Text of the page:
• This reply was modified 6 months ago by Alan M.
    • #22874
      Patricia Conner

      i just dance to rod stewart and study spanish, sweimm and wasl with a walker.  , i.e. things i never had time to do.  it is not only lowers the  pain but nonsense dancing works.  I am French .    Older countries never had dopamine but knew one thing:  keep them dancing and give give AS LITTLE MEDICINE AS POSSIBLE.  FOOD was all we had and certain foods are better than others.    We still keep to that idea and avoid the deep rays.  Food, wine, people around them works.

      MOVE :   we knew to keep them outside , so out went the sicked and danced. It is a nonsense dance but makes you move. The mongolians, Russians, Greek had very little of the “shaking disease as they danced AND SPEAK USING HANDS AND MOVEMENTS.   .

      b  do things with Intent.  They knew that to verbally  keep talking , thinking and laughing helped and helped swallowing. so we as kids jobs  would be to talk to them about everything.  It just worked and we had fun. .

      i read the new finding but i just think, how will this help me live with it.   I think we are over giving massive medicine, .    we in France can not make them all happy  but that is a problem that is not Parkinson only.  But we keep them active and physically and mentally which come from past that had only thosetools.  the younger countries like to do research so it is a goodcombination.

      but the above i also is true for many problems and sickness.  We feel that people actually die faster of lonelyness.   Having Parkinson is no treat for me but Cancer or others are worse.

      patricia conner

    • #22917
      John Citron

      I focus on things I like to do and don’t dwell on the PD. Like everyone else I went through the shock, denial, acceptance path. After a period of feeling sorry for myself, I then realized there ain’t much I can do about it, or other things I can’t control.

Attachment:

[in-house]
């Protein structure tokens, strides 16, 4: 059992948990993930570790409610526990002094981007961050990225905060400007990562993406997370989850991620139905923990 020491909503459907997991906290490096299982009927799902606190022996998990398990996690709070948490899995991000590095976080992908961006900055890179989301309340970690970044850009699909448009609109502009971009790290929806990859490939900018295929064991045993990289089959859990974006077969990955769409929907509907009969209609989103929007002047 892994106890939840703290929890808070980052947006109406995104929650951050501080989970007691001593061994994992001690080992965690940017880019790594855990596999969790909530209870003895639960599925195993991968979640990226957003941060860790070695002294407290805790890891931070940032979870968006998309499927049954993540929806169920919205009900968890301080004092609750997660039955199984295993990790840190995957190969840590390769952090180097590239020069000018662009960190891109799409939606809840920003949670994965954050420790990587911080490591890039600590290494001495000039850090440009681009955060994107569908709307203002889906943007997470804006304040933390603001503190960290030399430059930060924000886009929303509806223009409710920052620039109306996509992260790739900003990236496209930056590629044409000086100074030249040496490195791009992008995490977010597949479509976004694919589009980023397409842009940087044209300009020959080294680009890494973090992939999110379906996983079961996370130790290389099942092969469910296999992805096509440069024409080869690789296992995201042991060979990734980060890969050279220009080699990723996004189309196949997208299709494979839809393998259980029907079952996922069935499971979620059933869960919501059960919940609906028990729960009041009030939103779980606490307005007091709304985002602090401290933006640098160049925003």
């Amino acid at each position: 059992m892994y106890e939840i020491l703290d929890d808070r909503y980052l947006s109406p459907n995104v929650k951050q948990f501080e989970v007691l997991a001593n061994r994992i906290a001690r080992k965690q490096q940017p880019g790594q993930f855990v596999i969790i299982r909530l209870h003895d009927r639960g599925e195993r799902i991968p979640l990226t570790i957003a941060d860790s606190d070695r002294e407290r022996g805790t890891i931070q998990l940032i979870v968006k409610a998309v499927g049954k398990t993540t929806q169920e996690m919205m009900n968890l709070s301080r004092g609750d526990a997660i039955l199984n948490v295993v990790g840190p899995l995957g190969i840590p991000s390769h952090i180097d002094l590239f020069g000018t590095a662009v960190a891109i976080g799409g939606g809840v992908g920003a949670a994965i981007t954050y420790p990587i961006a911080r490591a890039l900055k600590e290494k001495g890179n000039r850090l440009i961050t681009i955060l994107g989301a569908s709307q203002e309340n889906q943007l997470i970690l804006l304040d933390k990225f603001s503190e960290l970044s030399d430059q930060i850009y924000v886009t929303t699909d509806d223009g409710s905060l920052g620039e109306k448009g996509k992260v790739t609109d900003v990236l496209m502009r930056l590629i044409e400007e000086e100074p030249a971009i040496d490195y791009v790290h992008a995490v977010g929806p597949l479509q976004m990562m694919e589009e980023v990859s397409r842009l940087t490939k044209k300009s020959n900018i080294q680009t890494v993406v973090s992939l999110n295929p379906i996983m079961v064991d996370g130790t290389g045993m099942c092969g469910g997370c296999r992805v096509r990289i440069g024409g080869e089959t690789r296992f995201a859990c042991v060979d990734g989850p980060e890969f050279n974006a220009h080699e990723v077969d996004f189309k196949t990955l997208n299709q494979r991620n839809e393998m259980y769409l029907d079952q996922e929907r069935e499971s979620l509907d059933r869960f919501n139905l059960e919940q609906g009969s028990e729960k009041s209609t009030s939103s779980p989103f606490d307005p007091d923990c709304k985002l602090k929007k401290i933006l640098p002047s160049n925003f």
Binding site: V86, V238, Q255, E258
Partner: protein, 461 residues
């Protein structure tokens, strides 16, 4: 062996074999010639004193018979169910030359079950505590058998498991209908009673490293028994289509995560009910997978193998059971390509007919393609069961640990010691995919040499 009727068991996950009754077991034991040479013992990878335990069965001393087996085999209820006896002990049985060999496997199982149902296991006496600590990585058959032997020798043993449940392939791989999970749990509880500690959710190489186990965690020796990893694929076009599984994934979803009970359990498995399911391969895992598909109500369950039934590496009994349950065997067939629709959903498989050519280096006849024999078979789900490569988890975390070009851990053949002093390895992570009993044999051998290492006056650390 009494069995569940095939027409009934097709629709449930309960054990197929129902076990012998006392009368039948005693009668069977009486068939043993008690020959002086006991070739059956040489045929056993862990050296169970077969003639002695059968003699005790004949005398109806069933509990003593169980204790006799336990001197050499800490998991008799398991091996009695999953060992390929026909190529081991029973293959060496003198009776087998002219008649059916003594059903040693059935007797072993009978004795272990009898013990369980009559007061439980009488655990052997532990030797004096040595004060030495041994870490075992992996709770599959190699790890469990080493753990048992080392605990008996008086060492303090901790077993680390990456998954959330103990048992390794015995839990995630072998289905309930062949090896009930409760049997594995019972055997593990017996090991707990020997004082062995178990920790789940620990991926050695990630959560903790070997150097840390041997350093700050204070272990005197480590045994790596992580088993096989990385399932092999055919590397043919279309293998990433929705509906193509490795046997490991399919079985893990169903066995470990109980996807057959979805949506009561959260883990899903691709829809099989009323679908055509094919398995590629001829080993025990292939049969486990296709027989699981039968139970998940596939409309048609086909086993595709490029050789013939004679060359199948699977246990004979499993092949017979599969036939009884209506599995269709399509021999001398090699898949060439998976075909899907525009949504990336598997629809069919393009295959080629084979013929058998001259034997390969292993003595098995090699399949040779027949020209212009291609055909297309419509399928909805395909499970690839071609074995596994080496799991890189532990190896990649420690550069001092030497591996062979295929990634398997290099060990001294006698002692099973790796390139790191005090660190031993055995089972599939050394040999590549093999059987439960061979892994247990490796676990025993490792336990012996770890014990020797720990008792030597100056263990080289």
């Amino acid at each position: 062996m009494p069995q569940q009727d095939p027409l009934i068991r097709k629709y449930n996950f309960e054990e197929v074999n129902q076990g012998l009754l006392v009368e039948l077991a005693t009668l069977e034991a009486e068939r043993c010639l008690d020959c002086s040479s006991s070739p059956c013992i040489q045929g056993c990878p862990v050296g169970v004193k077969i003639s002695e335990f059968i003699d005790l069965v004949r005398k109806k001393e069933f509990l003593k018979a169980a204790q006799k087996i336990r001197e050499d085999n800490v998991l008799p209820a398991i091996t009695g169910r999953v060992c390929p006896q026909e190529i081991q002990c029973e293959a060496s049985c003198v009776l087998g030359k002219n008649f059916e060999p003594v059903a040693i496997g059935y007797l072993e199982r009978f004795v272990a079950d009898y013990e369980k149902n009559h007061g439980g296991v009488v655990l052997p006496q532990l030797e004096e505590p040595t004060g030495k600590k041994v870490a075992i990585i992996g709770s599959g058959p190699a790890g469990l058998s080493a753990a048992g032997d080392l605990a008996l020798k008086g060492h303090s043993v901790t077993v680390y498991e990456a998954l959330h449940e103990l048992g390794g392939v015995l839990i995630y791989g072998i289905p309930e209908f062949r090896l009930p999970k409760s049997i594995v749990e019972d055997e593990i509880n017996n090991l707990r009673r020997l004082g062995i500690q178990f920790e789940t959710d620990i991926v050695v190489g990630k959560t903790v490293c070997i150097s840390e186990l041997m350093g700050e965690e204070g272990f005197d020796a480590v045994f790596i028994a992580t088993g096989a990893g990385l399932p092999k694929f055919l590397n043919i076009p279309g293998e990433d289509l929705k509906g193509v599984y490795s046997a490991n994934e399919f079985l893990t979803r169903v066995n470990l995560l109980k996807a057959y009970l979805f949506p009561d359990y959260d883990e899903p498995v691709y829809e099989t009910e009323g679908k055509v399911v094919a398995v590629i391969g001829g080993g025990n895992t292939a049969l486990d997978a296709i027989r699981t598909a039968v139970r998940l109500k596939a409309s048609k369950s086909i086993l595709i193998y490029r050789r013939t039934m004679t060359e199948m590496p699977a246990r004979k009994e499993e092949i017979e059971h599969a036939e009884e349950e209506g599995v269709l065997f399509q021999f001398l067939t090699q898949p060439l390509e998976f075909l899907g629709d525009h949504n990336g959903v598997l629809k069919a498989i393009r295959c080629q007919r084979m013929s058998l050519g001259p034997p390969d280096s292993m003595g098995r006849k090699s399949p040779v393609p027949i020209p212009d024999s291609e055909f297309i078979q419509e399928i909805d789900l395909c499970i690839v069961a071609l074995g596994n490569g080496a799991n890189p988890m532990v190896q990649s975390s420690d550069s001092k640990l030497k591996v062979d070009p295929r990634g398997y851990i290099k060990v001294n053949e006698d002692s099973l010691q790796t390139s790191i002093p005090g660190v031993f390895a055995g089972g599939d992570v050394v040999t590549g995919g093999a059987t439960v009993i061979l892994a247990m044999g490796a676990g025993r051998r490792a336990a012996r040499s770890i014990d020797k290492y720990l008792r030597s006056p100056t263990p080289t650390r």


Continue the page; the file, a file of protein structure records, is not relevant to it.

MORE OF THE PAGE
I’m not avoiding the fact that I have it, it’s there, it bothers me as it rears up its nasty head and gets me with spasms, stupid twitches, falls, bumping into things, and the annoying non-motor symptoms, but I don’t sit in the corner and cry about it.

      Now, I do what’s within my realm such as taking my medication on a strict schedule, eating right, exercising, staying positive and above all, avoiding as much stress as I can. I also have a bunch of hobbies I enjoy with three at the top of my list I can indulge in the most.

      I also keep my sense of humor. Without that, we have nothing and its humor that keeps us going as we find a bit of irony or a pun in our life. Recently, I started having some cognitive and executive function issues and with that my neurologist and I were talking about various aspects. When she finished, I piped up and said, “With executive function issues that means I must qualify for upper management in the company I used to work for.” We both had a good chuckle on that one.


    • #22919
      Patricia Conner

      I found Rod Stewart at a christmas program on you tube.  it was one of his old songs and i started dancing while sitting on a chair.  i work out swimming three times a week and do voice excercises and study  spanish.  .  But this dancing made me feel good for hours and i then go out, i could walk better.  So just being able to do what I wanted and wildly  made me feel free from the PD chain.  small thing but it worked.